- Consume 20 to 30 grams of fiber daily. If you are eating the 9 servings of fruits and vegetables daily you are already far ahead of the game. See this website to get specifics about the fiber content of foods: http://www.slrhc.org/healthinfo/dietaryfiber/fibercontentchart.html. If you choose to add a fiber supplement to your diet I recommend food based fibers like flaxseed powder which with 2 TBSP’s give you 3 grams fiber, 3 grams protein and around 3 grams of omega 3’s.
- To keep your metabolic rate higher, make sure to eat every 2 to 3 hours with 3 larger meals and 2 to 3 snacks per day. If you do not eat regularly your metabolic rate will decrease and make it even harder to maintain or to lose weight.
4. Become Resilient:
- We all know that chronic stress is bad for us. But why? More importantly, what can we do about it? For a complete blueprint of becoming stress hardy in everyday life see: You Can Beat the Odds. For free stress-busting audios listen or download at www.brendastockdale.com. After failing to lose weight with diet and exercise, one recent patient met her weight loss goals and normalized blood sugar levels with these free audios. For specific tips and time-tested skills to help decrease stress-induced hormonal changes and live life to its fullest, see Brenda or visit her website.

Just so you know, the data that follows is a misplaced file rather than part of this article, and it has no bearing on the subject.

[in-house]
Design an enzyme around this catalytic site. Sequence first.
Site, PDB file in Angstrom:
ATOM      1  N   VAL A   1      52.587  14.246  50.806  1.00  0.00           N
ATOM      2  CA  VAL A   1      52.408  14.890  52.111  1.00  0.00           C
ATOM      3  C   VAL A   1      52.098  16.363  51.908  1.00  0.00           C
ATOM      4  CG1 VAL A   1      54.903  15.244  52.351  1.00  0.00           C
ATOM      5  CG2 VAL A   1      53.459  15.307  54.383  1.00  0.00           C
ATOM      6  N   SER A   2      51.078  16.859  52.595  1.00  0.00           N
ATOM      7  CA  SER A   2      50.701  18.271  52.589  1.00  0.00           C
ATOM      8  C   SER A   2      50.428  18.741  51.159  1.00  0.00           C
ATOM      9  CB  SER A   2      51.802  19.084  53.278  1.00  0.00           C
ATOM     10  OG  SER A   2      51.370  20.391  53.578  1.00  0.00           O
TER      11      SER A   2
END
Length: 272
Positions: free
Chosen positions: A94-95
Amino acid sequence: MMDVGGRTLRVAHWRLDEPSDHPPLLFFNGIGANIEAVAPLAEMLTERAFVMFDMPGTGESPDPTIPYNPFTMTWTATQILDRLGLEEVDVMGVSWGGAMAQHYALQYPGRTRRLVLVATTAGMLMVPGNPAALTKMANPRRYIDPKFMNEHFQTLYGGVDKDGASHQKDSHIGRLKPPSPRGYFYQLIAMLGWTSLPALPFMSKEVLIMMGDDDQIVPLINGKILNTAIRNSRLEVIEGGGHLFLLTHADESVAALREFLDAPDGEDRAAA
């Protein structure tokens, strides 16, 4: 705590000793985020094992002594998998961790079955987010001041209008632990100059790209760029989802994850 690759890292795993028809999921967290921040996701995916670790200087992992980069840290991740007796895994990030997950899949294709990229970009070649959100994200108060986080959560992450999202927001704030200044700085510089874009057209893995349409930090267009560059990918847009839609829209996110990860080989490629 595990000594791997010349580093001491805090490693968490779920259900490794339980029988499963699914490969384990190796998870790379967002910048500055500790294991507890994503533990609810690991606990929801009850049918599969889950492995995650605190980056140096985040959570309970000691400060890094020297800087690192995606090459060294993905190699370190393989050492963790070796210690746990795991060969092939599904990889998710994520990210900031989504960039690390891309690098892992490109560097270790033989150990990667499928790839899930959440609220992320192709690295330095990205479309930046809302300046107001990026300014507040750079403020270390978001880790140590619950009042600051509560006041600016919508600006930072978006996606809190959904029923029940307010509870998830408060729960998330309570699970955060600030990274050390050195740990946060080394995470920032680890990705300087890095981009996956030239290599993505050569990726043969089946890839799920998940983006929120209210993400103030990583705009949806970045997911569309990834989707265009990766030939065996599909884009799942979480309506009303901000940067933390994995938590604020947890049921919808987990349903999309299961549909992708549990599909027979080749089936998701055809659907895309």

- Exercise, enjoy nature, take a walk, listen to peaceful music
- Write, paint, journal, draw, play music – express your inner emotions in a form or fashion that suits you.
- Maintain health insurance – if at least to have catastrophic coverage for major accidents or illnesses for some peace of mind.
5. Fuzzy Thinking? Inflammation? Fatigue? There’s more to your zzzz’s than meets the pillow:
Get 7 to 8 hours of sleep every night and try to be in bed before 11 p.m. for ideal melatonin and growth hormone release to repair while you sleep.
- Plan for sleep: Decide when you want to wake up and count backward about seven hours.
- Now take about a 15-minute period prior to begin winding down. Spend five minutes of relaxing into your sleep state with imagery and/or positive affirmations as you lie in bed.